Holy war! The Russian Orthodox Church’s discourse of legitimization of Russia’s military intervention in Syria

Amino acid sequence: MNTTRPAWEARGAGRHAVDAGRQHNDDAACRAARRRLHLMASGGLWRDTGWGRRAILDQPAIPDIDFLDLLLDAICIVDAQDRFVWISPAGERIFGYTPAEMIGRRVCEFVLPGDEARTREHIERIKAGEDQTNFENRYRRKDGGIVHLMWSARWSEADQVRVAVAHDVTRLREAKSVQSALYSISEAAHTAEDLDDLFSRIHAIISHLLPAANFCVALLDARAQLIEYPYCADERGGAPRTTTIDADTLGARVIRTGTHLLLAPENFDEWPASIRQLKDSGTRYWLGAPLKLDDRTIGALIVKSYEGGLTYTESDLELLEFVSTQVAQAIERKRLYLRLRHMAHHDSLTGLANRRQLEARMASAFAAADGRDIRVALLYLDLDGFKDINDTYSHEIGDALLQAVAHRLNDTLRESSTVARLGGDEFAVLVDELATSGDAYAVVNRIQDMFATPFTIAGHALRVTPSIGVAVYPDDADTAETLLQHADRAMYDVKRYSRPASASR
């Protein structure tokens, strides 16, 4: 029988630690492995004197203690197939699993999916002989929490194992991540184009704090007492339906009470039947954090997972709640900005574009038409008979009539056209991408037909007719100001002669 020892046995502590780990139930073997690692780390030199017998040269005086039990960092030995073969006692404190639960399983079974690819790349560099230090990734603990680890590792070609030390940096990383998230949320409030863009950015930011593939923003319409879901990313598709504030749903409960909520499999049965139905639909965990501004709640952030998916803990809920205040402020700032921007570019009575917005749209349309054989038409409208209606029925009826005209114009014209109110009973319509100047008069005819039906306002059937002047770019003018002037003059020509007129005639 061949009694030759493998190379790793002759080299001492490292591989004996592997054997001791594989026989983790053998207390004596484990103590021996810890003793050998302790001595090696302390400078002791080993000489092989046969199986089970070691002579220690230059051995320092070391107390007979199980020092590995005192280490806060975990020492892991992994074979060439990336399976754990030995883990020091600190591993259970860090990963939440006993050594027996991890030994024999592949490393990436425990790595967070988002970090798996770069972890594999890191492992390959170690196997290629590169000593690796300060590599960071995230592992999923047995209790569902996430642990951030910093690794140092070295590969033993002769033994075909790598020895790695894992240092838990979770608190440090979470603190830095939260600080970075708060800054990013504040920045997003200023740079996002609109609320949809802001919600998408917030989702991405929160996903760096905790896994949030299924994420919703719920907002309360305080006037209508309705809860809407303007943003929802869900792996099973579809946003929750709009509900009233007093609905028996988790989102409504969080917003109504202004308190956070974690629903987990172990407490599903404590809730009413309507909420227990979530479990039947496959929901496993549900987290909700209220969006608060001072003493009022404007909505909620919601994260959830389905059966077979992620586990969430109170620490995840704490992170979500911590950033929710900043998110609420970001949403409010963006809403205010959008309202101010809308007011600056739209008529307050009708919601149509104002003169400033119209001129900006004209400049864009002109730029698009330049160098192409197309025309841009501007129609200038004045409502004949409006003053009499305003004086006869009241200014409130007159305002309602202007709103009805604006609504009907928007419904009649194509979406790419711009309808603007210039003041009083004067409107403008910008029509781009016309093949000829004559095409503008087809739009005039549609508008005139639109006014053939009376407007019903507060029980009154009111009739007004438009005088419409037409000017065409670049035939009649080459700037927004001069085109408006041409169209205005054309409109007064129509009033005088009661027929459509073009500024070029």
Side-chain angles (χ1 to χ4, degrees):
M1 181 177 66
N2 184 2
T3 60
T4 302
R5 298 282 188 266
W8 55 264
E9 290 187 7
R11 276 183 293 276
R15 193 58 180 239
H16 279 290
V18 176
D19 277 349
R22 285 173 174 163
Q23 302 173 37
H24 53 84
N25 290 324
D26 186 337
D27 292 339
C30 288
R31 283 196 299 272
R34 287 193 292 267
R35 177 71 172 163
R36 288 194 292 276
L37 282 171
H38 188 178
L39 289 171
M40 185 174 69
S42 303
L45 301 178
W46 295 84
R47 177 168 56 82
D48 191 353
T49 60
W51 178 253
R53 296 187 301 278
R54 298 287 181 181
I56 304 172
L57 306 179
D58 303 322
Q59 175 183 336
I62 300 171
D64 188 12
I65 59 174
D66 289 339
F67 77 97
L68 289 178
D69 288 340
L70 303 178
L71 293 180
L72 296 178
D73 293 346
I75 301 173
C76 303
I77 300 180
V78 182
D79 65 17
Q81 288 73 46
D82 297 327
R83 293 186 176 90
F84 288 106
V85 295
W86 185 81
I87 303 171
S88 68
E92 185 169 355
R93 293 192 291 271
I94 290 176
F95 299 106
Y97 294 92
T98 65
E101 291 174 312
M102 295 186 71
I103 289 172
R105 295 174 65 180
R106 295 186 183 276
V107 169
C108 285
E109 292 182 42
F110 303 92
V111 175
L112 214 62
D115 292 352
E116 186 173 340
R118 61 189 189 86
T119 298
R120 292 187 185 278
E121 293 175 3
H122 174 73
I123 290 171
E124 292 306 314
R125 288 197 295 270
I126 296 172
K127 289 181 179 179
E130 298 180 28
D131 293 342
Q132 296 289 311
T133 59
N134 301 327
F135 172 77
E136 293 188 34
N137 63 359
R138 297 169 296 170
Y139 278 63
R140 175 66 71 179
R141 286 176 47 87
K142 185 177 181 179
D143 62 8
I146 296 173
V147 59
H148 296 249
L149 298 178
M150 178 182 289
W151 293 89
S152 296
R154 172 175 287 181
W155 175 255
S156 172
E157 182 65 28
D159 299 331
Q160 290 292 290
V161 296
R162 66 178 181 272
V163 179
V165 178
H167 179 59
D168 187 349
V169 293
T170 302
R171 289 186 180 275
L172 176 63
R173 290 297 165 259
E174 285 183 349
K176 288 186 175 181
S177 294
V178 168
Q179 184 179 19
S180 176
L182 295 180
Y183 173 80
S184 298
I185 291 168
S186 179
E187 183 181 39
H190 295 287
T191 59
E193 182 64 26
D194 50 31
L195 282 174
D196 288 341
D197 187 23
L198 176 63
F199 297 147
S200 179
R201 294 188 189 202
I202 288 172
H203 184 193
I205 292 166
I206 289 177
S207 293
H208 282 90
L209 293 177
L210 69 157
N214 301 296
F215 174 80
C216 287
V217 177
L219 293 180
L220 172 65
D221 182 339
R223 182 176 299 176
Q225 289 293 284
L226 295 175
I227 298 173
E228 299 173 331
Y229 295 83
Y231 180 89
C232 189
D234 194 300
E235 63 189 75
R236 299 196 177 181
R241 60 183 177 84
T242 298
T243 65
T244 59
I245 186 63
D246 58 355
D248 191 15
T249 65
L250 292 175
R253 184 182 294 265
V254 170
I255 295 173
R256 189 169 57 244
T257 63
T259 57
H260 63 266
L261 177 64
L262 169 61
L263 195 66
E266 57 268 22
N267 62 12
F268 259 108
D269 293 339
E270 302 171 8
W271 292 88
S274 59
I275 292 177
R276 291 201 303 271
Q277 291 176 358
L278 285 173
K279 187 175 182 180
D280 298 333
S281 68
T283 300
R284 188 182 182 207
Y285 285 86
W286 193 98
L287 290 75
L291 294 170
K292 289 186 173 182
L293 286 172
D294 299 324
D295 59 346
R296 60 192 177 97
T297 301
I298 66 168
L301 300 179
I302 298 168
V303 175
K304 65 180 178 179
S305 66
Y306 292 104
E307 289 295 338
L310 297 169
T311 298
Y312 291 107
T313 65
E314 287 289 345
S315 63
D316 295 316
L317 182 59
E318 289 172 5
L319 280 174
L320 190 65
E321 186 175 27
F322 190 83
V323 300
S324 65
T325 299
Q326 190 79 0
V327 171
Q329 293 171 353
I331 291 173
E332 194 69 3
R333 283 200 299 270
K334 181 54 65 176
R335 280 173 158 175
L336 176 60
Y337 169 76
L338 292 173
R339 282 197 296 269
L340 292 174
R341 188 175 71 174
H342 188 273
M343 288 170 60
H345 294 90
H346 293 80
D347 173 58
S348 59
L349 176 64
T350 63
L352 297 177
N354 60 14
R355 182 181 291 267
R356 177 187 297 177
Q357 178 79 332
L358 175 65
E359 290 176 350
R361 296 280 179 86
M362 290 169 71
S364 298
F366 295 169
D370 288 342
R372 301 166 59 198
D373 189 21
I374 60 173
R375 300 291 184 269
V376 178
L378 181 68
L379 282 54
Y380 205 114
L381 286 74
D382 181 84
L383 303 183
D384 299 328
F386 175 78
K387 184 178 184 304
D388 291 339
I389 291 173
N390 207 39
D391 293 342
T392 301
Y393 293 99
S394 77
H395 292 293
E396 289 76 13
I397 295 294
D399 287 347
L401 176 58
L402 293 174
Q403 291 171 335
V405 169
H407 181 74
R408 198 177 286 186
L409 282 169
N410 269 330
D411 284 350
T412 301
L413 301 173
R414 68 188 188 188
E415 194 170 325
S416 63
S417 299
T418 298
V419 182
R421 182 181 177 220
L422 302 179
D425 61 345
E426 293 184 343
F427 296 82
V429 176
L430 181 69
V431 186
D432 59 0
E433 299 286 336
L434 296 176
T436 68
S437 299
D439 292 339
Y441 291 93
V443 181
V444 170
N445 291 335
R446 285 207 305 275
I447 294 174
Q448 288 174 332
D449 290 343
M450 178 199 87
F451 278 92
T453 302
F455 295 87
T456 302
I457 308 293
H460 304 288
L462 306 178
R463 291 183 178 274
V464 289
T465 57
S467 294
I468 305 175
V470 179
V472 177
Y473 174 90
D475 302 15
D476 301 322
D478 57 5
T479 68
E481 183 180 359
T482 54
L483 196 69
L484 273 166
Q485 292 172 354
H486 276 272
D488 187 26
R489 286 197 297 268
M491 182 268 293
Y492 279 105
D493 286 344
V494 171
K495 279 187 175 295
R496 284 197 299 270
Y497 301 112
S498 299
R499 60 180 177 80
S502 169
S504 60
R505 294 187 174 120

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In late September 2015, Russia officially declared the deployment of military assets to Syria within the frame of a military intervention by invitation in support of the struggling Assad government. Leading up and parallel during the continuation of the intervention, analysts have observed another actor entering the political stage, both domestically in Russia and internationally on various bilateral and multilateral platforms: The Russian Orthodox Church (ROC). The Church has significantly engaged in efforts of legitimizing the Russian activities in Syria. On the one hand, these efforts have exceeded any previous public engagement of the post-Soviet Church during times of Russian military activities abroad. During the 2008 Russo-Georgian War and the 2014-continous Russo-Ukrainian military conflict, the ROC showed self-inflicted restraints on speaking extensively in favor of Russian military action, nor much less to legitimize domestically or internationally to the extent as in the Syrian case. The Church in these situations wanted to avoid spill-over effects of politico-military conflicts into its ecclesiastical-canonical sphere of supervision. The Syrian case, Russia’s first major military engagement outside the post-Soviet space laid bare a strong conflation within the Russian state-church-nexus. Church officials have presented a new, complex political discourse under the frame of Holy War, ought to legitimize the Russian intervention. This study is set out to analyze how the ROC has constructed this new discourse of Holy War and attempts to unravel what it curtails. Paul Chilton’s approach of mapping the ontology of political discourse delivers the bases by explaining how political actors construct discourses in construal operations of space metaphors. This approach has been further developed by Piotr Cap for the specific study of discourse space in crisis situations and the subsequent legitimation of political action. In what he calls Proximization, a political actor employs proximization strategies to elicit support for her political action from the target audience by discursively narrowing the space between the threat (Other) and the center (Self). Attempting to map this new discourse, this study conducts a synchronic critical discourse analysis of the political discourse of the ROC in the time from 2015-2021. The textual corpus for the data consists of collected content from the ROC (e.g., press releases, statements, interviews etc.). The corpus is divided by context respectively by the target audience, which is either domestic or international. The data analysis mode relies on a framework developed by Cap: Macro themes, referring to the topical frame of the text, and microstructures, referring to the lexico-grammatical structures holding the linguistics of proximization strategies in spatial, temporal, and axiological terms.
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